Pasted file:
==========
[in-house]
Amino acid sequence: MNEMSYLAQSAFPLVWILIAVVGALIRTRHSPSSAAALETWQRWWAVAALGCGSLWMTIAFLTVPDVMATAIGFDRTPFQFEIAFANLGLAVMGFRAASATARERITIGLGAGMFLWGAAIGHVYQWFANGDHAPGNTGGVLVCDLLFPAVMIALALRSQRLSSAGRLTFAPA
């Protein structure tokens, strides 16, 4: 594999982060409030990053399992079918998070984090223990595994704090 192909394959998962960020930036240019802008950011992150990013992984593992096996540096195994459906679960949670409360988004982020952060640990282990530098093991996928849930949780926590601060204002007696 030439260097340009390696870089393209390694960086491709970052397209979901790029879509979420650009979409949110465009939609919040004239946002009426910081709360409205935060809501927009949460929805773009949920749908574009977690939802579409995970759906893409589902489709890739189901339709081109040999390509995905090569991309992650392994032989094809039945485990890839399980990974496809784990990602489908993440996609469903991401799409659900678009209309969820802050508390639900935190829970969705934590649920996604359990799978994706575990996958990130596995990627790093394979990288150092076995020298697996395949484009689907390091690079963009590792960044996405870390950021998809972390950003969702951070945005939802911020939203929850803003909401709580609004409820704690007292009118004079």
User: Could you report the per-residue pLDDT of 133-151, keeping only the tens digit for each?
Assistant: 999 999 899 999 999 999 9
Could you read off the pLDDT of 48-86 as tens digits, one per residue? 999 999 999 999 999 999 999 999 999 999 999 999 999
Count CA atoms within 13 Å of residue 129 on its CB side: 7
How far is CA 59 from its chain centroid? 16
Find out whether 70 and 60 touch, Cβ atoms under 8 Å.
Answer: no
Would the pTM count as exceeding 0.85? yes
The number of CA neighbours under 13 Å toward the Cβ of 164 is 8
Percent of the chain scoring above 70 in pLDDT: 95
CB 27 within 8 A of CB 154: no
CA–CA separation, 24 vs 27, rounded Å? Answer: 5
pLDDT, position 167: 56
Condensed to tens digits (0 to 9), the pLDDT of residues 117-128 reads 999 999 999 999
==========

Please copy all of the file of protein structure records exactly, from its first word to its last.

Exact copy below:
[in-house]
Amino acid sequence: MNEMSYLAQSAFPLVWILIAVVGALIRTRHSPSSAAALETWQRWWAVAALGCGSLWMTIAFLTVPDVMATAIGFDRTPFQFEIAFANLGLAVMGFRAASATARERITIGLGAGMFLWGAAIGHVYQWFANGDHAPGNTGGVLVCDLLFPAVMIALALRSQRLSSAGRLTFAPA
């Protein structure tokens, strides 16, 4: 594999982060409030990053399992079918998070984090223990595994704090 192909394959998962960020930036240019802008950011992150990013992984593992096996540096195994459906679960949670409360988004982020952060640990282990530098093991996928849930949780926590601060204002007696 030439260097340009390696870089393209390694960086491709970052397209979901790029879509979420650009979409949110465009939609919040004239946002009426910081709360409205935060809501927009949460929805773009949920749908574009977690939802579409995970759906893409589902489709890739189901339709081109040999390509995905090569991309992650392994032989094809039945485990890839399980990974496809784990990602489908993440996609469903991401799409659900678009209309969820802050508390639900935190829970969705934590649920996604359990799978994706575990996958990130596995990627790093394979990288150092076995020298697996395949484009689907390091690079963009590792960044996405870390950021998809972390950003969702951070945005939802911020939203929850803003909401709580609004409820704690007292009118004079």
User: Could you report the per-residue pLDDT of 133-151, keeping only the tens digit for each?
Assistant: 999 999 899 999 999 999 9
Could you read off the pLDDT of 48-86 as tens digits, one per residue? 999 999 999 999 999 999 999 999 999 999 999 999 999
Count CA atoms within 13 Å of residue 129 on its CB side: 7
How far is CA 59 from its chain centroid? 16
Find out whether 70 and 60 touch, Cβ atoms under 8 Å.
Answer: no
Would the pTM count as exceeding 0.85? yes
The number of CA neighbours under 13 Å toward the Cβ of 164 is 8
Percent of the chain scoring above 70 in pLDDT: 95
CB 27 within 8 A of CB 154: no
CA–CA separation, 24 vs 27, rounded Å? Answer: 5
pLDDT, position 167: 56
Condensed to tens digits (0 to 9), the pLDDT of residues 117-128 reads 999 999 999 999